Athanasian Creed + Commentary

I really like this creed. I add a commentary, which I hope clarifies it. We the church today ignore it at our peril, particularly the American church.

It was not written by Athanasius (c. 296-373), but it looks like an expanded version of the Nicene Creed (AD 325), so evidently it was named after him or in honor of him. Its date ranges from the latter half of the fourth century or fifth centuries (350s to 450s+) and not later than the sixth century (500s). But to narrow down the range, parallels between the creed and the letters coming out of the Council of Constantinople in 381 confirms the period 381-428.

The creed is also called Pseudo-Athananian Creed or Quicunque Vult. named after the opening line “whoever wishes” or “whoever wills.” It was originally written in Latin and translated into Greek.

Works Cited (and scroll down to NIDCC)

Eastern Orthodox, Catholics and Protestants accept it (but see no. 23).

Incidentally, the word catholic comes from the Greek word for universal. It is not limited to the Roman Catholic Church.

Read the creed, and there’s no shame in your game if you have to read it five or ten times before things click!

Here are Scriptures (and no doubt others not included in this long list) that they used to build their creed:

2. Two Natures in One Person: He Was Human and God

Now let’s look into their deductions from these Scriptures, boiled down in this remarkable creed.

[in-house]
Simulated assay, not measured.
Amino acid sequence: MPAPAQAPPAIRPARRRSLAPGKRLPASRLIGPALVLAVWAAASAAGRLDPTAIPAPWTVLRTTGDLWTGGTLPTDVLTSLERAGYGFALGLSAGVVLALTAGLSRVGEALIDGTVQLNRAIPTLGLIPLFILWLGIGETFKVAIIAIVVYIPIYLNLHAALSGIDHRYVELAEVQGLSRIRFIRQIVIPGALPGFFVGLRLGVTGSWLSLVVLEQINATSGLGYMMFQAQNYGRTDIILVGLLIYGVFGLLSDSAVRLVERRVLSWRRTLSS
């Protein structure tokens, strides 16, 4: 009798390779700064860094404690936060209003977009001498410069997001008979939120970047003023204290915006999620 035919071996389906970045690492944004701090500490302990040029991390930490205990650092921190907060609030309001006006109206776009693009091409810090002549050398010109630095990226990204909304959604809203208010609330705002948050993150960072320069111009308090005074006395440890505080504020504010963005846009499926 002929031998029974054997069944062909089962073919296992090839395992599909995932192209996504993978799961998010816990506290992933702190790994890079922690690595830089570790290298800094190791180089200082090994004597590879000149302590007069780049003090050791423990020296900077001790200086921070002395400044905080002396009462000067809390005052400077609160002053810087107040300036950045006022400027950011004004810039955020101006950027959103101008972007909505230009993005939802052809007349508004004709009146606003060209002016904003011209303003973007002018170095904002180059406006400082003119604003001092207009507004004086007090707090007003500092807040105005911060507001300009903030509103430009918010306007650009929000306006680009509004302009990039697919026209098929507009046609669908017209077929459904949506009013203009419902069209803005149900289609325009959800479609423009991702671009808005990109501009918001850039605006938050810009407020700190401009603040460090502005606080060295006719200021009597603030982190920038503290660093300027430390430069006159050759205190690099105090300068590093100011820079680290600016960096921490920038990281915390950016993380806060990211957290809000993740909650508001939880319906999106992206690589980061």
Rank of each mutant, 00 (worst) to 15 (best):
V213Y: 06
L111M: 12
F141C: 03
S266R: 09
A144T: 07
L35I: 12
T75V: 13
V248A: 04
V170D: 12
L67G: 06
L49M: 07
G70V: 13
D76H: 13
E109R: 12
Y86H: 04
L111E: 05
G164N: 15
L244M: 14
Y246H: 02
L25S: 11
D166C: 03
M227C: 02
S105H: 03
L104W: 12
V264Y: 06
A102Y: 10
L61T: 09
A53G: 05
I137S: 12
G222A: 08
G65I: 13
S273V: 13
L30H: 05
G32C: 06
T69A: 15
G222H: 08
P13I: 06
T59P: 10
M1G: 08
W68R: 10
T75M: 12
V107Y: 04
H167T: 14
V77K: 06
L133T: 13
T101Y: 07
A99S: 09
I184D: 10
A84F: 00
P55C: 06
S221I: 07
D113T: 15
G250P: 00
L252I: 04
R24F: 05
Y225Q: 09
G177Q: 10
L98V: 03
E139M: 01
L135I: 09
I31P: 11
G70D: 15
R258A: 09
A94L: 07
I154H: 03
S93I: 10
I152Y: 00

I write my commentary as a student, only to learn. I’m not an expert.

I add emphasis in bold font to show the two main sections, the Trinity and Incarnation:

1.. Whosoever will be saved, before all things it is necessary that he hold the catholic [universal]  faith;

2.. Which faith except every one do keep whole and undefiled, without doubt he shall perish everlastingly.

3.. And the catholic [universal] faith is this: That we worship one God in Trinity, and Trinity in Unity;

4.. Neither confounding the persons nor dividing the substance.

5.. For there is one person of the Father, another of the Son, and another of the Holy Spirit.

6.. But the Godhead of the Father, of the Son, and of the Holy Spirit is all one, the glory equal, the majesty coeternal.

7.. Such as the Father is, such is the Son, and such is the Holy Spirit.

8.. The Father uncreated, the Son uncreated, and the Holy Spirit uncreated.

9.. The Father incomprehensible, the Son incomprehensible, and the Holy Spirit incomprehensible.

10.. The Father eternal, the Son eternal, and the Holy Spirit eternal.

11.. And yet they are not three eternals but one eternal.

12.. As also there are not three uncreated nor three incomprehensible, but one uncreated and one incomprehensible,

13.. So likewise the Father is almighty, the Son almighty, and the Holy Spirit almighty.

14.. And yet they are not three almighties, but one almighty.

15.. So the Father is God, the Son is God, and the Holy Spirit is God;

16.. And yet they are not three Gods, but one God.

17.. So likewise the Father is Lord, the Son Lord, and the Holy Spirit Lord;

18.. And yet they are not three Lords but one Lord.

19.. For like as we are compelled by the Christian verity to acknowledge every Person by himself to be God and Lord;